4. Clifton - This historic neighborhood is known for its narrow streets, distinctive architecture, and great restaurants. Clifton is also home to the Louisville Water Company's Crescent Hill Reservoir which is a great outdoor space.
5. Old Louisville - This neighborhood is home to the largest collection of Victorian homes in the country. It has a mix of young professionals, families, and students. It is also just minutes from downtown Louisville.
1. Kentucky Science Center - This is a hands-on science museum with exhibits geared toward children and adults. It features interactive exhibits on topics like physics, astronomy, the environment, and more.
2. Louisville Slugger Museum & Factory - This museum celebrates the history of baseball, particularly the iconic Louisville Slugger brand of baseball bats. Visitors can tour the factory, see exhibits on the sport, and even swing a bat themselves.
3. Louisville Zoo - This is a 134-acre zoo with animals from around the world. It features habitats for animals like gorillas, tigers, and polar bears, as well as a petting zoo and a train ride.
4. Speed Art Museum - This museum contains over 12,000 pieces of art from around the world, with a particular focus on contemporary art. The Speed also features changing exhibits and events throughout the year.
5. Muhammad Ali Center - This museum celebrates the life and legacy of Louisville's own Muhammad Ali, one of the greatest boxers and cultural icons of the 20th century. Exhibits cover Ali's boxing career, his activism, and the impact he had on civil rights and social justice movements.
6. Kentucky Museum of Art and Craft - This museum showcases contemporary art and craft from artists around the region. Exhibits feature a range of media, from ceramics and textiles to painting and sculpture.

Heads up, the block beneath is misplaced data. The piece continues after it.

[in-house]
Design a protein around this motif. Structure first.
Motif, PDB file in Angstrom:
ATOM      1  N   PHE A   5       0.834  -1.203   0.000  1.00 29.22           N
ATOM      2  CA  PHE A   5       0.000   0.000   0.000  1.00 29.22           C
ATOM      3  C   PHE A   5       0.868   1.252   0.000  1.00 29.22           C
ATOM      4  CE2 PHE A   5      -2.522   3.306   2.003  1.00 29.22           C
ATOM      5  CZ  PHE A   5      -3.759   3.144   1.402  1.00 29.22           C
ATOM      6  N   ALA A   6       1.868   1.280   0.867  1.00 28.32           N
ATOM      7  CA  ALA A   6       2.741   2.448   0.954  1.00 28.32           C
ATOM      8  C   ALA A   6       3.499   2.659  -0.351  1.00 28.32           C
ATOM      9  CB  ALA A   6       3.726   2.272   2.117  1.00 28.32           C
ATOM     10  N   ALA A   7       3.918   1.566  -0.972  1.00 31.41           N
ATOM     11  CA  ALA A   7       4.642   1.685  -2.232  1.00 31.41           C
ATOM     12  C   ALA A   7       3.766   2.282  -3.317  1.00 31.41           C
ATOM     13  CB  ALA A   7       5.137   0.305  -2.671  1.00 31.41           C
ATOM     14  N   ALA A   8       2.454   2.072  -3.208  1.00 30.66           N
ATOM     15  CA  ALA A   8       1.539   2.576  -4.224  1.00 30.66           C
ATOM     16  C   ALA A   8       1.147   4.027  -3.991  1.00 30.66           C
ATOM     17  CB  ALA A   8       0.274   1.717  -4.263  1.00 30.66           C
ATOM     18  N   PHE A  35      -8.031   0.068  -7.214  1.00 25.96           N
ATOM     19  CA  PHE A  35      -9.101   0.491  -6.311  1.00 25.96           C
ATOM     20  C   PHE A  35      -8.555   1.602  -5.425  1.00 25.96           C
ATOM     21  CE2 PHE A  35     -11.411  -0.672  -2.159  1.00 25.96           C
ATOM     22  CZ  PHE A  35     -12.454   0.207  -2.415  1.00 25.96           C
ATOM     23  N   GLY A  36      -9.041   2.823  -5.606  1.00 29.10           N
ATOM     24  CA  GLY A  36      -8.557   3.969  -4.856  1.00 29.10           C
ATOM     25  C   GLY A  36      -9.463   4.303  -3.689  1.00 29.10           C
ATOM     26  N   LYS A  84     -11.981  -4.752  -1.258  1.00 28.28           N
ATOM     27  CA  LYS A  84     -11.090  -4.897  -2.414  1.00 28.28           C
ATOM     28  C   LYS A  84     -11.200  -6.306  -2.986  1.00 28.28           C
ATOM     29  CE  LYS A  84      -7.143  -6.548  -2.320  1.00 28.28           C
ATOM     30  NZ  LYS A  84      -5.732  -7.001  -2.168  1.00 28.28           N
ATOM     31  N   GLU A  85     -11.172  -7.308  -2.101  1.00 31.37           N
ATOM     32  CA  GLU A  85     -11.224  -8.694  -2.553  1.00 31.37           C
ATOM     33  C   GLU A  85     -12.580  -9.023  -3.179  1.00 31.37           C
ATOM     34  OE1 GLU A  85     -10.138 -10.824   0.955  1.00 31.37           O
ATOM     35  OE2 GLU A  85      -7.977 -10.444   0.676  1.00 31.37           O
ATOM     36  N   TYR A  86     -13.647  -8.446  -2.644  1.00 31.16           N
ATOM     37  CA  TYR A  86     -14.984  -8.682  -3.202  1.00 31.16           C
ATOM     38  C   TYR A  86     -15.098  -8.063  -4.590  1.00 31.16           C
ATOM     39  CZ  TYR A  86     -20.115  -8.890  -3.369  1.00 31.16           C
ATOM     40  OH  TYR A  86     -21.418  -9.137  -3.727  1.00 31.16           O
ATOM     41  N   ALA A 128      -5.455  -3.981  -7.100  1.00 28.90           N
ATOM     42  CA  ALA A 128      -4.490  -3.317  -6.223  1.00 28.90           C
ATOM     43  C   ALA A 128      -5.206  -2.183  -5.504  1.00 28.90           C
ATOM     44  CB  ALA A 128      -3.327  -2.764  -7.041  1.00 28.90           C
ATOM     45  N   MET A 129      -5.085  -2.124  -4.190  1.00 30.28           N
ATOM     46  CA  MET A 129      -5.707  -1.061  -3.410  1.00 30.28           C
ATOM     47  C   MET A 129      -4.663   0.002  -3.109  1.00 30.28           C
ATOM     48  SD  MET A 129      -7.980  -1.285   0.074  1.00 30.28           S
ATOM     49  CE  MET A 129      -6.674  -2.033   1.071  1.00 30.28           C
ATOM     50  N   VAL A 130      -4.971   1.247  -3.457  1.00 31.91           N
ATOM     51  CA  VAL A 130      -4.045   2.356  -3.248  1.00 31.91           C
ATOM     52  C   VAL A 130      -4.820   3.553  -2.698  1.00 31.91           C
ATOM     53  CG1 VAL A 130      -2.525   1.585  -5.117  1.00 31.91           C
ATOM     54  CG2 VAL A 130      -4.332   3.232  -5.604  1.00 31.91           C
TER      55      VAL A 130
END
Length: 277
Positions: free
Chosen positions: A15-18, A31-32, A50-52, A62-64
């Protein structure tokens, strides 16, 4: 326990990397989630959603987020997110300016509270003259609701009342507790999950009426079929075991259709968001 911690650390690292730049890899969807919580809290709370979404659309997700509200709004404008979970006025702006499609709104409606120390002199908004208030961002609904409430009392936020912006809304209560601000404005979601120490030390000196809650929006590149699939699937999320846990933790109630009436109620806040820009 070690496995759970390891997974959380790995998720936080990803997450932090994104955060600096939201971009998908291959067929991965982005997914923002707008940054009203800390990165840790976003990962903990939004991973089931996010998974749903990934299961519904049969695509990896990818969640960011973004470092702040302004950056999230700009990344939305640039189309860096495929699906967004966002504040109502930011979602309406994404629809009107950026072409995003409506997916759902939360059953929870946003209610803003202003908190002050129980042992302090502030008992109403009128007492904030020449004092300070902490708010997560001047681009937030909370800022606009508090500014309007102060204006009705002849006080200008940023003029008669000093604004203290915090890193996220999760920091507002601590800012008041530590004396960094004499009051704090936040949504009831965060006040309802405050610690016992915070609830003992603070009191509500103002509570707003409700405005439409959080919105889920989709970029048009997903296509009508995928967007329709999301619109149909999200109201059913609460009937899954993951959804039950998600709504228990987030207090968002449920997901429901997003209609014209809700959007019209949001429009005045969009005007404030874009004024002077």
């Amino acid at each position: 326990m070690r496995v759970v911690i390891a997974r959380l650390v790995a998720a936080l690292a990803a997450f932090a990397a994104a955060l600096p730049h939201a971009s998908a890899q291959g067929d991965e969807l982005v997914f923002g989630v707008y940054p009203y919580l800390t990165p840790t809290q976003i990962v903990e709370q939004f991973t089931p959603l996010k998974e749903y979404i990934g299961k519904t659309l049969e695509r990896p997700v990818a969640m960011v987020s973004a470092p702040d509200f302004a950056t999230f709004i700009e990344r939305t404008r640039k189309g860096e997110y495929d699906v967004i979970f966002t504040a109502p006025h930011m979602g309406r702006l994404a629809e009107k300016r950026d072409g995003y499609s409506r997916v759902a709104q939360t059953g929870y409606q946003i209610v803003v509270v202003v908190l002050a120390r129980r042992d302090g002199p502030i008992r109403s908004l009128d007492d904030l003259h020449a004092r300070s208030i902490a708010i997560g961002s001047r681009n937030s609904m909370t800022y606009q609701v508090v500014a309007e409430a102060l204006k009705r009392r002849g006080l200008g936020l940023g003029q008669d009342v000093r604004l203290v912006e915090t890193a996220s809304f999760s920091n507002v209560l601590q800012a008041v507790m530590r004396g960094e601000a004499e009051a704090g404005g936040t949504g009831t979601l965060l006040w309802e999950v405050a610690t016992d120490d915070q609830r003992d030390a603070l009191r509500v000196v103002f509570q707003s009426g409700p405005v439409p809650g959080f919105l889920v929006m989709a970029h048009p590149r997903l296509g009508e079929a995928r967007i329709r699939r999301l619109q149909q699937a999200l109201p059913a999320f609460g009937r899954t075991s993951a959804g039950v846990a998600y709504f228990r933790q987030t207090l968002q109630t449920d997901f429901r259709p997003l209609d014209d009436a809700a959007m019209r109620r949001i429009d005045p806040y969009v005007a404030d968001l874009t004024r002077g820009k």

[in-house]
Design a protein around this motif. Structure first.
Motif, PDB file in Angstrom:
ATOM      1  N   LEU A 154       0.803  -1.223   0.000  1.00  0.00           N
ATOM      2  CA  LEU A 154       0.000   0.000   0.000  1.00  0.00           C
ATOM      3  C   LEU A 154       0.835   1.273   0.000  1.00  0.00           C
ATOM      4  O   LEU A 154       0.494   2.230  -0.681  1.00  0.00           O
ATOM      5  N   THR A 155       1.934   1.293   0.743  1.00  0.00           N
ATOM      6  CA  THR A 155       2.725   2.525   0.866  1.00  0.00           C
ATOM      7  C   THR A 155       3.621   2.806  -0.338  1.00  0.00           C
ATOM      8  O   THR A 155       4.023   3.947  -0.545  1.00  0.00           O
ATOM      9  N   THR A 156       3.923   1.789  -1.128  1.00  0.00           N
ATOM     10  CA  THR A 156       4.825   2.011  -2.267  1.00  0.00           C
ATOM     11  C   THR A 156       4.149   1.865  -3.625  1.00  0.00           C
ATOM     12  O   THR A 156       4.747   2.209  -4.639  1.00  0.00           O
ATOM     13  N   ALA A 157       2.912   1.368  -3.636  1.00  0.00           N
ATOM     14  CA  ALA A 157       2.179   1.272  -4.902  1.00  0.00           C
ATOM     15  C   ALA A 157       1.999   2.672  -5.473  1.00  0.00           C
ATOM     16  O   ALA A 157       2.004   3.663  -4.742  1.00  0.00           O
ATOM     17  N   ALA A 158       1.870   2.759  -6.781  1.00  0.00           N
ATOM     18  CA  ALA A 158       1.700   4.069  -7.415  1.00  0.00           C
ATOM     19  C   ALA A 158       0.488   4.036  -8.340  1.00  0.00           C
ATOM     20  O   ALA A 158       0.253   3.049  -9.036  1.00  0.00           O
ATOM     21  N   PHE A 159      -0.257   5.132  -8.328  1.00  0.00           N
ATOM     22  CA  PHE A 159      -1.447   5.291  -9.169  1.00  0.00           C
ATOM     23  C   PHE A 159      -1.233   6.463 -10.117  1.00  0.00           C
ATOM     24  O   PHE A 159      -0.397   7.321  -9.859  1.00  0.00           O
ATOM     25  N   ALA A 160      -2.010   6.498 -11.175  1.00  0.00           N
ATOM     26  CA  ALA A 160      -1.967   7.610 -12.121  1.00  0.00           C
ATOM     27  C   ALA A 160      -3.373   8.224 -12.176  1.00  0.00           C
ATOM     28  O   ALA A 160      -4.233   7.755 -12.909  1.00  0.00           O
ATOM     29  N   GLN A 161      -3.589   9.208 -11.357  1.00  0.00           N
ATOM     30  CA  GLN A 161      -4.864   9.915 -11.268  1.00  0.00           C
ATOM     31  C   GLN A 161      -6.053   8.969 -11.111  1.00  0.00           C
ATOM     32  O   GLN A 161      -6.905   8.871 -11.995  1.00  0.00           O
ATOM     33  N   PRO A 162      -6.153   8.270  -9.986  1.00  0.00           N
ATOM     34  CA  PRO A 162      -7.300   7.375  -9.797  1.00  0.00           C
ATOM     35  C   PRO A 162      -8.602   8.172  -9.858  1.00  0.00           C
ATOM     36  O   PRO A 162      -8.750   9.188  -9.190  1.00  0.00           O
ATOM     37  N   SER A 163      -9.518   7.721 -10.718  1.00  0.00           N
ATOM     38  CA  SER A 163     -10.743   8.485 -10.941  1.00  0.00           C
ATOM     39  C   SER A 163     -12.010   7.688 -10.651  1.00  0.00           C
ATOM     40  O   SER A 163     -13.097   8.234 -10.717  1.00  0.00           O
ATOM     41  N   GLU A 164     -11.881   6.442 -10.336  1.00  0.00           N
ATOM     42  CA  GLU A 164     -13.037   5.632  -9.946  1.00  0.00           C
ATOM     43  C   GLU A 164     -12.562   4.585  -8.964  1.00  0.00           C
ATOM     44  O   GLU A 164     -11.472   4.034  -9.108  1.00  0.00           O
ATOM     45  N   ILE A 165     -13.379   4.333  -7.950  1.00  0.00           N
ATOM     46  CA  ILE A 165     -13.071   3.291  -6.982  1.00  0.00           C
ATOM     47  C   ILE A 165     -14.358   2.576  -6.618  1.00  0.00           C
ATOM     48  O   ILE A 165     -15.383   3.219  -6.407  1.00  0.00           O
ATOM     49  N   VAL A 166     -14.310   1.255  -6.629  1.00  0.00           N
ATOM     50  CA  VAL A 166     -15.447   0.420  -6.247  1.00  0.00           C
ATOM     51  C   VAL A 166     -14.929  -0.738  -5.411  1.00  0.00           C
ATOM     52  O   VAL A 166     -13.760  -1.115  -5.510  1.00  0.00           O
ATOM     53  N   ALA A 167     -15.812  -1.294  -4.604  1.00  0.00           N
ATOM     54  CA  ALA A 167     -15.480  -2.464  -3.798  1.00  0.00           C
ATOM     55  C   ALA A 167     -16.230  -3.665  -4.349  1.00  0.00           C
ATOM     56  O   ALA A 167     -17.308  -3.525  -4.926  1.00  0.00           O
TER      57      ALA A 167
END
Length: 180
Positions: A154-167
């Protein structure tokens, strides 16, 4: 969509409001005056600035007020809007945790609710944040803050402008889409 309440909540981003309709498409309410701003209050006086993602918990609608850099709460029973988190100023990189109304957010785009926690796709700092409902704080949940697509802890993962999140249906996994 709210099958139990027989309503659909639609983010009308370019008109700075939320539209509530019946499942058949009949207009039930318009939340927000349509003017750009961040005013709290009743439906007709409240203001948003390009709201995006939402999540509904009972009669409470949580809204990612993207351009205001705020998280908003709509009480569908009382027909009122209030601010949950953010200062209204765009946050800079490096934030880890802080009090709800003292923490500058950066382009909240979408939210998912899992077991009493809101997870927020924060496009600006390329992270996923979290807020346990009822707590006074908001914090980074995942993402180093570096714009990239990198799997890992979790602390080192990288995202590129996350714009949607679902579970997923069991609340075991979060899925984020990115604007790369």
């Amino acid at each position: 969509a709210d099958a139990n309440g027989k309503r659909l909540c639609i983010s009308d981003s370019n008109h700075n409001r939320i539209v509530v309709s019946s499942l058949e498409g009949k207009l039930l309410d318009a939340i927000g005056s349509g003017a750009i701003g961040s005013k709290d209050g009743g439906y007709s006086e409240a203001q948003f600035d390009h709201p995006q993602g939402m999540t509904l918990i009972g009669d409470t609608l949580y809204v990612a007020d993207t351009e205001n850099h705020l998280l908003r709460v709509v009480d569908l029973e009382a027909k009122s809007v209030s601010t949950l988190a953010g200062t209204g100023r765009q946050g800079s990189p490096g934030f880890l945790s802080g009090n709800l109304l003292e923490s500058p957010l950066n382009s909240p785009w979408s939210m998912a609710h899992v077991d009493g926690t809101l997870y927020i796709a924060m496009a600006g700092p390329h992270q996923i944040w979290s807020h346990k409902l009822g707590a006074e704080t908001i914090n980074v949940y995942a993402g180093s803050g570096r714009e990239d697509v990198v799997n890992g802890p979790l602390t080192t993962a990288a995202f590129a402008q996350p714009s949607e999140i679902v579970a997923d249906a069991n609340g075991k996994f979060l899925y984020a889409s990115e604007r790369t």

Still making up your mind on whether to make the move to Louisville? Let us break it down some of life in Louisville’s big perks.
1. Low Cost of Living: The cost of living in Louisville is relatively low compared to other major cities which means you can live more comfortably.
2. Great Food Scene: Louisville is known for its incredible food scene. You can find everything from traditional southern cuisine to international dishes.
3. Cultural Attractions: Louisville is also a culturally rich city with a variety of museums, art galleries, and performing arts venues.
4. Outdoor Activities: With its scenic parks and nearby lakes and rivers, Louisville offers plenty of outdoor activities such as hiking, biking, kayaking, and fishing.
5. Strong Job Market: Louisville has a strong and diverse job market, with opportunities in healthcare, manufacturing, and logistics.
6. Friendly People: Louisville residents are known for being friendly and welcoming. This makes it easy to make new friends and build a community in the city.
7. Home of the Kentucky Derby: Louisville is home to the iconic Kentucky Derby, the high-profile horse race that takes place every year, bringing in tourists from all over the world.
Need to be talked out of moving to Louisville? Or just wondering what the downside we haven’t been talking about is? Ok, we’ll admit: there are some downsides to mention. They are:
1. Weather: The weather in Louisville can be unpredictable with hot and humid summers and cold and snowy winters. It is also prone to severe weather such as tornadoes and thunderstorms.
2. Traffic: Louisville has a few choke points on the roads, and traffic can be congested during peak hours, especially around the bridges.
3. Crime: Like many large cities, Louisville has its fair share of crime, and some areas of the city have higher crime rates than others.
4. Education: According to some reports, the public education system in Louisville has room for improvement in terms of funding and performance.
5. Employment: Although Louisville has a varied economy, it may not offer the job opportunities that other major cities offer.
6. Air pollution: Louisville has high levels of air pollution and has ranked among the top cities in the country for poor air quality. This can increase the likelihood of respiratory issues such as asthma, especially in sensitive individuals.
We hope this guide has been helpful in breaking down the reasons to move to Louisville. If you’re ready to take the plunge, let us know! We have local movers in Louisville, and offer long-distance moving services in Louisville as well. We can even help with last-minute Louisville moves. Let us know if we can help!
Book movers online near you.